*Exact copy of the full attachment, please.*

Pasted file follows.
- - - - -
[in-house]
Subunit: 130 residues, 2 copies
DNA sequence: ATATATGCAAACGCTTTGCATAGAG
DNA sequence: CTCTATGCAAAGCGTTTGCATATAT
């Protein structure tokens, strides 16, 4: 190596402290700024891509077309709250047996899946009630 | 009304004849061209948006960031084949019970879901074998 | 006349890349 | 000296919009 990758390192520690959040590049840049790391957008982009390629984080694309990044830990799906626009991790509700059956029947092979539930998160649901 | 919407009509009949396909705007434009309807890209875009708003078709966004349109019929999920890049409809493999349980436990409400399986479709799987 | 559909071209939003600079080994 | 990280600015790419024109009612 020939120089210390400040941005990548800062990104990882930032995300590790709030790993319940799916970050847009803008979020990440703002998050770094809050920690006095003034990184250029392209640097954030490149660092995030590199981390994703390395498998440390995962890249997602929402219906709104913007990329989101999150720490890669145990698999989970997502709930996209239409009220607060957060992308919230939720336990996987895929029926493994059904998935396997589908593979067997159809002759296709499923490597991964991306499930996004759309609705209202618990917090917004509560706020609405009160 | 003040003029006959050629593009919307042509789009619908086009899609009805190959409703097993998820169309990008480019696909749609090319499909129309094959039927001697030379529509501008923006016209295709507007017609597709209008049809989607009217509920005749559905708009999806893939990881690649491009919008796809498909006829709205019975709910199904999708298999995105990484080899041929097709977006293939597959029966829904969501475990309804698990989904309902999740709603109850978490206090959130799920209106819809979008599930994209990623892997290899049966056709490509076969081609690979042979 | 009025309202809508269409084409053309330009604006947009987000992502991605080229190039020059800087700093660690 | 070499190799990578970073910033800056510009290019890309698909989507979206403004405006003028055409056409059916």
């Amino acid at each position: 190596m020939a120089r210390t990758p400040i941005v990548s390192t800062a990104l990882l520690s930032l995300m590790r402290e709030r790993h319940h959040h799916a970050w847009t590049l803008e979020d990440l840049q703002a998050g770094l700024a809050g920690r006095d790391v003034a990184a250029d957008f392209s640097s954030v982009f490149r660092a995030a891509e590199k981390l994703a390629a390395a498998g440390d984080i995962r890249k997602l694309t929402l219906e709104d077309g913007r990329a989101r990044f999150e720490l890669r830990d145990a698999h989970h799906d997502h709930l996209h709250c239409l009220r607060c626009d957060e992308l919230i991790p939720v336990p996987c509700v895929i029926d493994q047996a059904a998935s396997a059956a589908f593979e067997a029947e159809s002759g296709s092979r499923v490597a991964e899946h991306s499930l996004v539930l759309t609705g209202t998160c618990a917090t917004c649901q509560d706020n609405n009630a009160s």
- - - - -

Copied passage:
[in-house]
Subunit: 130 residues, 2 copies
DNA sequence: ATATATGCAAACGCTTTGCATAGAG
DNA sequence: CTCTATGCAAAGCGTTTGCATATAT
């Protein structure tokens, strides 16, 4: 190596402290700024891509077309709250047996899946009630 | 009304004849061209948006960031084949019970879901074998 | 006349890349 | 000296919009 990758390192520690959040590049840049790391957008982009390629984080694309990044830990799906626009991790509700059956029947092979539930998160649901 | 919407009509009949396909705007434009309807890209875009708003078709966004349109019929999920890049409809493999349980436990409400399986479709799987 | 559909071209939003600079080994 | 990280600015790419024109009612 020939120089210390400040941005990548800062990104990882930032995300590790709030790993319940799916970050847009803008979020990440703002998050770094809050920690006095003034990184250029392209640097954030490149660092995030590199981390994703390395498998440390995962890249997602929402219906709104913007990329989101999150720490890669145990698999989970997502709930996209239409009220607060957060992308919230939720336990996987895929029926493994059904998935396997589908593979067997159809002759296709499923490597991964991306499930996004759309609705209202618990917090917004509560706020609405009160 | 003040003029006959050629593009919307042509789009619908086009899609009805190959409703097993998820169309990008480019696909749609090319499909129309094959039927001697030379529509501008923006016209295709507007017609597709209008049809989607009217509920005749559905708009999806893939990881690649491009919008796809498909006829709205019975709910199904999708298999995105990484080899041929097709977006293939597959029966829904969501475990309804698990989904309902999740709603109850978490206090959130799920209106819809979008599930994209990623892997290899049966056709490509076969081609690979042979 | 009025309202809508269409084409053309330009604006947009987000992502991605080229190039020059800087700093660690 | 070499190799990578970073910033800056510009290019890309698909989507979206403004405006003028055409056409059916």
């Amino acid at each position: 190596m020939a120089r210390t990758p400040i941005v990548s390192t800062a990104l990882l520690s930032l995300m590790r402290e709030r790993h319940h959040h799916a970050w847009t590049l803008e979020d990440l840049q703002a998050g770094l700024a809050g920690r006095d790391v003034a990184a250029d957008f392209s640097s954030v982009f490149r660092a995030a891509e590199k981390l994703a390629a390395a498998g440390d984080i995962r890249k997602l694309t929402l219906e709104d077309g913007r990329a989101r990044f999150e720490l890669r830990d145990a698999h989970h799906d997502h709930l996209h709250c239409l009220r607060c626009d957060e992308l919230i991790p939720v336990p996987c509700v895929i029926d493994q047996a059904a998935s396997a059956a589908f593979e067997a029947e159809s002759g296709s092979r499923v490597a991964e899946h991306s499930l996004v539930l759309t609705g209202t998160c618990a917090t917004c649901q509560d706020n609405n009630a009160s």